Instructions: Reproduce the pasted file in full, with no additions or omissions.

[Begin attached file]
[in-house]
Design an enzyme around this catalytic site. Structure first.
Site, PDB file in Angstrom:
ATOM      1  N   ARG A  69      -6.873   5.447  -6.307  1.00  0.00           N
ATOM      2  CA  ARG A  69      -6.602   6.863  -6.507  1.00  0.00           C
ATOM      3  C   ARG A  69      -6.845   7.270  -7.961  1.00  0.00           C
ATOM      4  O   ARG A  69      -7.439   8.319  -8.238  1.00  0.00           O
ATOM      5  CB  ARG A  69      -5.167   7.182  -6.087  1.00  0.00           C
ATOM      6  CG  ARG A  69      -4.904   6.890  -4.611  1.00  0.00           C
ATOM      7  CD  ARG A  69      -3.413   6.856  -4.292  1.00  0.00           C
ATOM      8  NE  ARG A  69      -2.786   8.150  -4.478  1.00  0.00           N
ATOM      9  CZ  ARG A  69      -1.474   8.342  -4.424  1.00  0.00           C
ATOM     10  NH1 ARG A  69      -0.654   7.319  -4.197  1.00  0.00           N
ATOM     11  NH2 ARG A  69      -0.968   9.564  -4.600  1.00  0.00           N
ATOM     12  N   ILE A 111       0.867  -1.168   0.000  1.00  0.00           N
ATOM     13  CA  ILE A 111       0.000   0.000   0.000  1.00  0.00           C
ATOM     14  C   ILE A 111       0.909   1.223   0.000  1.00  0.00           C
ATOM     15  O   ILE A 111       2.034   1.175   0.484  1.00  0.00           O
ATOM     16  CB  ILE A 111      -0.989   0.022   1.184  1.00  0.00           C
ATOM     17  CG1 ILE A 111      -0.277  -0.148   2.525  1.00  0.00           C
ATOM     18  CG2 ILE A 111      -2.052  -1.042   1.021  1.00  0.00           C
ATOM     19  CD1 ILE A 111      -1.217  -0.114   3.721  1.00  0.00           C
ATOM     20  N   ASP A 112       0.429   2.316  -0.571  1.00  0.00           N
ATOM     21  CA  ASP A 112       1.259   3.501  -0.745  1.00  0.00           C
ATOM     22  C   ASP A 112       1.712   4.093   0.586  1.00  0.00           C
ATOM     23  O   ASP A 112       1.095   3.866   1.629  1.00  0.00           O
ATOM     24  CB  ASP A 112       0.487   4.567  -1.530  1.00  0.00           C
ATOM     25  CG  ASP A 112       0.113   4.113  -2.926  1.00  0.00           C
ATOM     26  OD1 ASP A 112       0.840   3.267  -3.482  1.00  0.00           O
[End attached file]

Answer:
[in-house]
Design an enzyme around this catalytic site. Structure first.
Site, PDB file in Angstrom:
ATOM      1  N   ARG A  69      -6.873   5.447  -6.307  1.00  0.00           N
ATOM      2  CA  ARG A  69      -6.602   6.863  -6.507  1.00  0.00           C
ATOM      3  C   ARG A  69      -6.845   7.270  -7.961  1.00  0.00           C
ATOM      4  O   ARG A  69      -7.439   8.319  -8.238  1.00  0.00           O
ATOM      5  CB  ARG A  69      -5.167   7.182  -6.087  1.00  0.00           C
ATOM      6  CG  ARG A  69      -4.904   6.890  -4.611  1.00  0.00           C
ATOM      7  CD  ARG A  69      -3.413   6.856  -4.292  1.00  0.00           C
ATOM      8  NE  ARG A  69      -2.786   8.150  -4.478  1.00  0.00           N
ATOM      9  CZ  ARG A  69      -1.474   8.342  -4.424  1.00  0.00           C
ATOM     10  NH1 ARG A  69      -0.654   7.319  -4.197  1.00  0.00           N
ATOM     11  NH2 ARG A  69      -0.968   9.564  -4.600  1.00  0.00           N
ATOM     12  N   ILE A 111       0.867  -1.168   0.000  1.00  0.00           N
ATOM     13  CA  ILE A 111       0.000   0.000   0.000  1.00  0.00           C
ATOM     14  C   ILE A 111       0.909   1.223   0.000  1.00  0.00           C
ATOM     15  O   ILE A 111       2.034   1.175   0.484  1.00  0.00           O
ATOM     16  CB  ILE A 111      -0.989   0.022   1.184  1.00  0.00           C
ATOM     17  CG1 ILE A 111      -0.277  -0.148   2.525  1.00  0.00           C
ATOM     18  CG2 ILE A 111      -2.052  -1.042   1.021  1.00  0.00           C
ATOM     19  CD1 ILE A 111      -1.217  -0.114   3.721  1.00  0.00           C
ATOM     20  N   ASP A 112       0.429   2.316  -0.571  1.00  0.00           N
ATOM     21  CA  ASP A 112       1.259   3.501  -0.745  1.00  0.00           C
ATOM     22  C   ASP A 112       1.712   4.093   0.586  1.00  0.00           C
ATOM     23  O   ASP A 112       1.095   3.866   1.629  1.00  0.00           O
ATOM     24  CB  ASP A 112       0.487   4.567  -1.530  1.00  0.00           C
ATOM     25  CG  ASP A 112       0.113   4.113  -2.926  1.00  0.00           C
ATOM     26  OD1 ASP A 112       0.840   3.267  -3.482  1.00  0.00           O